Meet the Su-35: Russian newspapers describe the Su-35 fighter jets as a “4th-gen ++,” meaning the extent of its upgrades and modernization progress have pushed the plane’s attributes well beyond standard 4th-generation capability.
This is quite significant and of course raises the question as to whether the upgraded Su-35’s existence helped inspire the birth of the U.S. Air Force F-15EX, a platform similarly described by weapons developers as a 4th-generation “Plus” as well.
Su-35: Updating to “++”
Russia’s TASS news agency describes the “heavily upgraded” Su-35S as a maneuverable, multi-purpose fighter jet developed on the “basis of 5th-generation technologies.” The “++” refers to new avionics, communications, radar technology, and what the paper calls “plasma ignition engines” to increase thrust vectoring. Much like a 5th-generation jet, the additional thrust vectoring technology enables the Su-35 to achieve supersonic speed without using an afterburner, the paper claims.
This is quite significant as it can of course extend high-speed maneuvers while also supporting longer “dwell time” and attack mission duration in high-threat environments.
Additional detail related to the Su-35 specifies that the aircraft uses Passive Electronically Scanned Array radar, a system which essentially tracks and “listens” to threats without emitting a signature itself and giving up its location.
Some of the most specific available research on the Su-35 exists in a 2020 text called “Famous Russian Aircraft – Sukhoi Su-27 and 30/33/34/35,” which describes how this cutting edge radar can track an aerial target at ranges up to 250 miles and simultaneously track eight enemy targets at the same time.
The text, written by Yefim Gordon and Dimitry Komissarov, also says the Su-35S is engineered with some “stealthy-like” radar-absorbent materials in specific front-end locations such as the engine inlets and compressor: and other radar cross section reducing technologies.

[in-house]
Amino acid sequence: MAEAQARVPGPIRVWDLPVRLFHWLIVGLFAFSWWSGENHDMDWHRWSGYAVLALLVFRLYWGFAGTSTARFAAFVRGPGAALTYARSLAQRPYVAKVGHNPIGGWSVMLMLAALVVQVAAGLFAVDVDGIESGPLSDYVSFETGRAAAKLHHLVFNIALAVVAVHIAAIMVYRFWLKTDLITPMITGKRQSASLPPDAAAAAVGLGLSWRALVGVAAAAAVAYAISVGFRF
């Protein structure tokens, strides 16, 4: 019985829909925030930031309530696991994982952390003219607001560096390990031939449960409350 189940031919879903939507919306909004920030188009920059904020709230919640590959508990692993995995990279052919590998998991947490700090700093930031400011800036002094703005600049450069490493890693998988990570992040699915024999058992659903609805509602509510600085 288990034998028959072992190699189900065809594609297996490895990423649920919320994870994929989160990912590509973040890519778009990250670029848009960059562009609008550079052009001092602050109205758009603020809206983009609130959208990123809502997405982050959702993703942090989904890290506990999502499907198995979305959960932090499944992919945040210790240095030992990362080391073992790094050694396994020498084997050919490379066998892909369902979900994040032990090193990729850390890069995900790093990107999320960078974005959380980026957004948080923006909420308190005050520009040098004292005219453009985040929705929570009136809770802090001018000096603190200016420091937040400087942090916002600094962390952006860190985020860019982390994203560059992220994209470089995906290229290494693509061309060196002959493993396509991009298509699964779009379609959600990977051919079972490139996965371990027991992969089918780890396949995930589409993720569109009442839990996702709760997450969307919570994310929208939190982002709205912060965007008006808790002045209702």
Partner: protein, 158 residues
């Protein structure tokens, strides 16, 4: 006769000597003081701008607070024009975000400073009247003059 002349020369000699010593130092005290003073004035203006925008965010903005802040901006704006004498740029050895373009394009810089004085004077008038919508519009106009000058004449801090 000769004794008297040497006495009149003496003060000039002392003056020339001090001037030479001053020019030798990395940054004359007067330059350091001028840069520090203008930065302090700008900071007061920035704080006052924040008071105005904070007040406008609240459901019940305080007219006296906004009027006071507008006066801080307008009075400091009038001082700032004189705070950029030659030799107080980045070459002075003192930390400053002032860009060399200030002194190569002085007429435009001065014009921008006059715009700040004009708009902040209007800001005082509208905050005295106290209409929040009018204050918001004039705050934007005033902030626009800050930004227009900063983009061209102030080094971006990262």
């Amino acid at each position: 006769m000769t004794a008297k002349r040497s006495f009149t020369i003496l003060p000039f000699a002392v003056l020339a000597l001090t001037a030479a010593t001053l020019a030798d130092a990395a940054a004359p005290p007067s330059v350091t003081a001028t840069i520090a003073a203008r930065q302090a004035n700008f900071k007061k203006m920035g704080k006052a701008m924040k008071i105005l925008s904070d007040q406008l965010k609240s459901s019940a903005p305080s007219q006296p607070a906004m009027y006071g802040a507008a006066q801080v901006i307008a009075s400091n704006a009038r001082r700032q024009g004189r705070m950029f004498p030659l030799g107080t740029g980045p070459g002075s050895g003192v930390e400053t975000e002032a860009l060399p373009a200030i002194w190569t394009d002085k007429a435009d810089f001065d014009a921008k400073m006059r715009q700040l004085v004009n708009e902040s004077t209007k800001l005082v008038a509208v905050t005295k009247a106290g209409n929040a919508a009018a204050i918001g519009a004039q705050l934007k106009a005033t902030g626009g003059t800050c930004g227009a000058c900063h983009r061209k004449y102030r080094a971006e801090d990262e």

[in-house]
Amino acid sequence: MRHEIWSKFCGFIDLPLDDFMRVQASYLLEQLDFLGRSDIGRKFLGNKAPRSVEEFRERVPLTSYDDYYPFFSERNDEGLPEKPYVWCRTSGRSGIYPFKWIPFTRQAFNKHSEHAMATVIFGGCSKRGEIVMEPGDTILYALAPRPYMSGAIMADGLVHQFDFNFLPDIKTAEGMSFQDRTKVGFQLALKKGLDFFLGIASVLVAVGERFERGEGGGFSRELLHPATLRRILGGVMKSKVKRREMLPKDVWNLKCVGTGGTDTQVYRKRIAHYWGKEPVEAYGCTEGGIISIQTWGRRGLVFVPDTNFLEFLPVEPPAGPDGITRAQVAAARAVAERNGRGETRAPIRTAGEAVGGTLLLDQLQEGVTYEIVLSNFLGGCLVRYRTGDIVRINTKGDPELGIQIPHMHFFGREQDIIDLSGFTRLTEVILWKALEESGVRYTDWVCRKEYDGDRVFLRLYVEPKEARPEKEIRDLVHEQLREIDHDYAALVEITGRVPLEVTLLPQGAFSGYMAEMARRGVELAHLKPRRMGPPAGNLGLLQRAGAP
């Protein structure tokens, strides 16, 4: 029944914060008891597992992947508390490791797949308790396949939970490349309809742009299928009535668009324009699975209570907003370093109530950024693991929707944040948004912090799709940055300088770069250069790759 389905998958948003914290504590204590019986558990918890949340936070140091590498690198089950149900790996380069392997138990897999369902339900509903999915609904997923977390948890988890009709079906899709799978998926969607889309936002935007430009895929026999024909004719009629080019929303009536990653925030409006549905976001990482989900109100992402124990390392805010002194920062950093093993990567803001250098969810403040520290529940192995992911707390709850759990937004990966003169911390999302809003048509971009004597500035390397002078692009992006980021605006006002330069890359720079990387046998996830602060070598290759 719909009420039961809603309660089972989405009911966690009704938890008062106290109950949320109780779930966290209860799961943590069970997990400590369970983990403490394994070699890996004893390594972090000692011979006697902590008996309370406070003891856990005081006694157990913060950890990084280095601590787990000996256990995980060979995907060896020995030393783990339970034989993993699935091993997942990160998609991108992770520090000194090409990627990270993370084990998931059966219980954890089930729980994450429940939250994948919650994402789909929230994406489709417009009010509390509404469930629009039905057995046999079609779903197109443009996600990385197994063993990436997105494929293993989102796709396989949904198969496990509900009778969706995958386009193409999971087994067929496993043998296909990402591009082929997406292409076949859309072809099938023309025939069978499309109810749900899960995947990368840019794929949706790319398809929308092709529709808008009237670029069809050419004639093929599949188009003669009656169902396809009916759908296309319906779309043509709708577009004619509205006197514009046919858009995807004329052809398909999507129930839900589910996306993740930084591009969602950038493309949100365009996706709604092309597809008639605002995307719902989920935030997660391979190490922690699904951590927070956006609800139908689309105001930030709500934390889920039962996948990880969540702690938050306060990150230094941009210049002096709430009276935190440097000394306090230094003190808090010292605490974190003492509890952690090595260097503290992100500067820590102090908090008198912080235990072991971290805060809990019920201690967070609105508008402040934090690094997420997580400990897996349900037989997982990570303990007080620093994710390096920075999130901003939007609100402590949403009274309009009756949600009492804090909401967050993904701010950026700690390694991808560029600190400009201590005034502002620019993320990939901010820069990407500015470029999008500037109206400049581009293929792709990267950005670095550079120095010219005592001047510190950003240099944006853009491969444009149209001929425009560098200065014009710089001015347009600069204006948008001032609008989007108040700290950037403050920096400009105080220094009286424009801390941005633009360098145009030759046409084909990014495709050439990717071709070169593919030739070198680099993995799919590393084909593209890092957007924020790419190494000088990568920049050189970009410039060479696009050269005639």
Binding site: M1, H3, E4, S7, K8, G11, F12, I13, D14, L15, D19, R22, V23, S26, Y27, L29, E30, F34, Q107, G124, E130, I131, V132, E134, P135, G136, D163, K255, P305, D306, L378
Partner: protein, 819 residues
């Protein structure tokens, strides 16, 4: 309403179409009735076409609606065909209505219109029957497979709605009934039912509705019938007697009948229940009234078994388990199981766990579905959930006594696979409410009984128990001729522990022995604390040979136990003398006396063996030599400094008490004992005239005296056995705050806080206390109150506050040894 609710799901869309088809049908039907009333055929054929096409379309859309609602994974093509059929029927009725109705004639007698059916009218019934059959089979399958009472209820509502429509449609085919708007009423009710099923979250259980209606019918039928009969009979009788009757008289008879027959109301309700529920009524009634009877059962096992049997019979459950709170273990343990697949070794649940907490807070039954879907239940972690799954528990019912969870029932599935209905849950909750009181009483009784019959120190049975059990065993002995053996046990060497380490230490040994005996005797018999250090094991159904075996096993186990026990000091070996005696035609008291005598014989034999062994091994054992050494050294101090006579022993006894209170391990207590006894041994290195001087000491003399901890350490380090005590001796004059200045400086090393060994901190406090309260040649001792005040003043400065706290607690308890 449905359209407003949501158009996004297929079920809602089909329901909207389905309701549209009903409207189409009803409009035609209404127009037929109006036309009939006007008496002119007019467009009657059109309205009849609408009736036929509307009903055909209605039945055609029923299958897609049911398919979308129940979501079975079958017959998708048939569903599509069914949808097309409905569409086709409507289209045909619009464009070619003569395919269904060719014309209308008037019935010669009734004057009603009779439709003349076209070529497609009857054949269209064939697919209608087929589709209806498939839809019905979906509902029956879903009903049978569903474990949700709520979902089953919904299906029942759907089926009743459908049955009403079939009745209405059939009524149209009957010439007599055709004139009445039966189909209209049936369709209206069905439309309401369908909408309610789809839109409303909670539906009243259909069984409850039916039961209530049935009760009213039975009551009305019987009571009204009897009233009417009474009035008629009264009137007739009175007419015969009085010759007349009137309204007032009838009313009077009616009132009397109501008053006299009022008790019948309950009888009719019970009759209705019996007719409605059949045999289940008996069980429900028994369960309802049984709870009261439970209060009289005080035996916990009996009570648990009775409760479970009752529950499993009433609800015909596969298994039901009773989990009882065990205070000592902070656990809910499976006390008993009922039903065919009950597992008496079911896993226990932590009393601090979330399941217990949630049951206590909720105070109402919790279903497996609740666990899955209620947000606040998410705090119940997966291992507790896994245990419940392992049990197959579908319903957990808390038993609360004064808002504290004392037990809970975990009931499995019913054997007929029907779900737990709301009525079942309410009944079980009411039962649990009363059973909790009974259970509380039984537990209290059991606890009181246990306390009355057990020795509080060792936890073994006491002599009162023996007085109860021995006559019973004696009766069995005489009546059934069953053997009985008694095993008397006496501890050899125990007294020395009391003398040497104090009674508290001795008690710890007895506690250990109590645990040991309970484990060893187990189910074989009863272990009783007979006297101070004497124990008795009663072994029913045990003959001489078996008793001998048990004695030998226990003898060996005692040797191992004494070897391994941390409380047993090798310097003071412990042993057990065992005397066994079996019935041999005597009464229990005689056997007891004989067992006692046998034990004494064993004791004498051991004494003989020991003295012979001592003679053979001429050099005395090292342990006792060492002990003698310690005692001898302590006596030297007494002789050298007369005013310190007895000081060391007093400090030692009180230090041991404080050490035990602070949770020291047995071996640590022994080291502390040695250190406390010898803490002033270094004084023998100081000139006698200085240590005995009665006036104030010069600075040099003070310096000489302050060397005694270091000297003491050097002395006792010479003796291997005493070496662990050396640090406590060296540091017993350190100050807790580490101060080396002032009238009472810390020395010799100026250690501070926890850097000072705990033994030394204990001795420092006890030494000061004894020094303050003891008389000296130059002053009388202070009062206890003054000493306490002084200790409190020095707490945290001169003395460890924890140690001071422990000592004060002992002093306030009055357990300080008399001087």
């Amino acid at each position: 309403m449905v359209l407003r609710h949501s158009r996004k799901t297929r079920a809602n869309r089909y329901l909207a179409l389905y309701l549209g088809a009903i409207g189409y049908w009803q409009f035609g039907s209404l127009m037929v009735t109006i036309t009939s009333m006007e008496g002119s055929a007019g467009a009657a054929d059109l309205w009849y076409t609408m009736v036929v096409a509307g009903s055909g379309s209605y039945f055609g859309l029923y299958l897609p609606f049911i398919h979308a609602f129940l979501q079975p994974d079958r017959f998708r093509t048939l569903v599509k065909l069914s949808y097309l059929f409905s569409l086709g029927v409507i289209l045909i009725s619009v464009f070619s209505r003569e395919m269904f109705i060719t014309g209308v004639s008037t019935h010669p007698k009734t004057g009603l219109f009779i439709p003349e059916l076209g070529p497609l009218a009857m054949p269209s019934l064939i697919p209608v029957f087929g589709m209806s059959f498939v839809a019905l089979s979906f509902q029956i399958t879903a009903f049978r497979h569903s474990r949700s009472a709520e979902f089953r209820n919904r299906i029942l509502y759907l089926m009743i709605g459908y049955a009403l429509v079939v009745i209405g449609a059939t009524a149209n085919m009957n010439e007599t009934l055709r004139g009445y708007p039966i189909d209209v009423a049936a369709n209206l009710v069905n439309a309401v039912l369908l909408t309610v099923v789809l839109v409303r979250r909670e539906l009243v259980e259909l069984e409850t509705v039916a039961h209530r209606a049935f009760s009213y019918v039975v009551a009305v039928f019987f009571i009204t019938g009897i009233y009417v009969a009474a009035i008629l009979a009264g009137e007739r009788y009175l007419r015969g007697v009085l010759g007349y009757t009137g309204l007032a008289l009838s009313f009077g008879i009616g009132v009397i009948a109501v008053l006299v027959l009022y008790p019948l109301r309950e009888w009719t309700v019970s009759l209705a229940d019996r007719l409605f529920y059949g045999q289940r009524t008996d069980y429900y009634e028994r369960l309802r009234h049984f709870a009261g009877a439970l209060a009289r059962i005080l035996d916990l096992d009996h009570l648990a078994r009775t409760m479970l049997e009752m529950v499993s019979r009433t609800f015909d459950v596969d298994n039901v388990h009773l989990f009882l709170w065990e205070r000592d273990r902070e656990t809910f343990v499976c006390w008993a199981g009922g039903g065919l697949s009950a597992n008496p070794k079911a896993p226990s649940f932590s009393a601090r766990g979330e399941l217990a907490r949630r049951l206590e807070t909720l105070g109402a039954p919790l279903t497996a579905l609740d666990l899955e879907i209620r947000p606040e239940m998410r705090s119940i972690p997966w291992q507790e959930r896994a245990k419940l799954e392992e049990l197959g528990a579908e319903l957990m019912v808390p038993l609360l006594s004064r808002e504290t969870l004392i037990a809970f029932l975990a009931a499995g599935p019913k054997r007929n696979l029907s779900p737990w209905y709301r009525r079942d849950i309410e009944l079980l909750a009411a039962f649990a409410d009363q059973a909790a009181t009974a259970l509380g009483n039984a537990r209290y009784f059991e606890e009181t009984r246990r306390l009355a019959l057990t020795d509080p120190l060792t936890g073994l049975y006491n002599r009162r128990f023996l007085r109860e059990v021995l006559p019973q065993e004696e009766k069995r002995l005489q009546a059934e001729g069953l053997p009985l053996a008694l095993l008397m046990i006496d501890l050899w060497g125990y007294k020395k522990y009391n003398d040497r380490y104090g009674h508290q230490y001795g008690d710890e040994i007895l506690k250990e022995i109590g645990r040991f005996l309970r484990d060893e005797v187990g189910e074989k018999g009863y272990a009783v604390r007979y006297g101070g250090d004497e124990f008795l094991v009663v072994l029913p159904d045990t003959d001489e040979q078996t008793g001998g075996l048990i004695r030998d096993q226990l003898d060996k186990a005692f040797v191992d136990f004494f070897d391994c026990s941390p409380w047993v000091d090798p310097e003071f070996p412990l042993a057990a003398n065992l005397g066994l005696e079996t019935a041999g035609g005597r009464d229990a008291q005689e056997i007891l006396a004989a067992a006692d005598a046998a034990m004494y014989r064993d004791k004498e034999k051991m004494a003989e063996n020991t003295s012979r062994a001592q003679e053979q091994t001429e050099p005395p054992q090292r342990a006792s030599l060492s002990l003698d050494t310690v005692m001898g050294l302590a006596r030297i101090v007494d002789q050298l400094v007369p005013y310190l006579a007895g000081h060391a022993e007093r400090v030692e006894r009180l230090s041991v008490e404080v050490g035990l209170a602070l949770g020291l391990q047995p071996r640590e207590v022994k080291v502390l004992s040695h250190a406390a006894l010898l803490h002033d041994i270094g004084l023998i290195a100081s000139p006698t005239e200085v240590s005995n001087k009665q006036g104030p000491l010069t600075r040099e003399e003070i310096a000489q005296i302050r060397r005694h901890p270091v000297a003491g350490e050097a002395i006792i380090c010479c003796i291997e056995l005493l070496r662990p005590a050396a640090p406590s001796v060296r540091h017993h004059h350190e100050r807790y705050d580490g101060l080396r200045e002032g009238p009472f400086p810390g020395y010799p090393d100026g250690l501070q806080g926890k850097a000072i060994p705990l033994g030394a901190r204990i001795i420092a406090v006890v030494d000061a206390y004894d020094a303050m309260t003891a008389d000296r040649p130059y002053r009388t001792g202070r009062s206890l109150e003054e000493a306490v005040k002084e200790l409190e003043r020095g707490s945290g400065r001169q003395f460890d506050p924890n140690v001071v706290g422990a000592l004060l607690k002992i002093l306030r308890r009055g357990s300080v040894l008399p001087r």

Gordon’s research also points to the aircraft’s almost drone-like or surveillance-like capability to use synthetic aperture radar, a technology that bounces electromagnetic “pings” off of the ground or air object to deliver a return “rendering” of threat specifics below.
The Su-35 operates with an infra-red search and track targeting system, which, if anything like the U.S. Navy’s F/A-18 Super Hornet IRST, improves targeting fidelity and enables operations in a high-threat electronic warfare environment. The 2020 text also cites that the Su-35 is built with electronic countermeasures.
In a more general sense, the TASS article says the aircraft weighs 19-tons, can fly to 20,000 meters, and hits a maximum speed of Mach 2.25. After emerging as an upgraded Su-27 in 2014, the Su-35 still flies today and, should the research be accurate, it seems it could potentially rival the U.S. F-15EX.
Su-35 vs F-15EX: What Plane Stands Out More?
As for the U.S. Air Force – Boeing F-15EX, it also incorporates a wide sphere of very substantial cutting-edge enhancements such as the anticipated ability to launch hypersonic weapons.
In recent years, Boeing developers have said that the F-15EXs Advanced Display Corps Processor performs 87-billion computing functions per second. The F-15EXs speed is cited as roughly equivalent to the Su-35 and, if integrated with its breakthrough high-speed computing, the F-15EX could quickly leverage electronic warfare, threat data, and better utilize its Active Electronically Scanned Array radar.
Su-35 Photo Gallery
Air Force officials cited in a recent article in the EurAsian Times, say the new variant of the F-15EX is now breaking weapons payload and delivery records by demonstrating an ability to operate with 12 air-to-air missiles. The news report says the F-15EX can ultimately carry 13.6 tons of payload, giving it an Su-35S-like “bomb-truck” capability.
As for which aircraft is ultimately superior, it likely comes down to difficult-to-answer questions such as the range of sensing, fidelity and resolution of targeting and weapons guidance and precision, among other things.
Kris Osborn is the Military Affairs Editor of 19FortyFive and President of Warrior Maven – Center for Military Modernization. Osborn previously served at the Pentagon as a Highly Qualified Expert with the Office of the Assistant Secretary of the Army—Acquisition, Logistics & Technology. Osborn has also worked as an anchor and on-air military specialist at national TV networks. He has appeared as a guest military expert on Fox News, MSNBC, The Military Channel, and The History Channel. He also has a Masters Degree in Comparative Literature from Columbia University.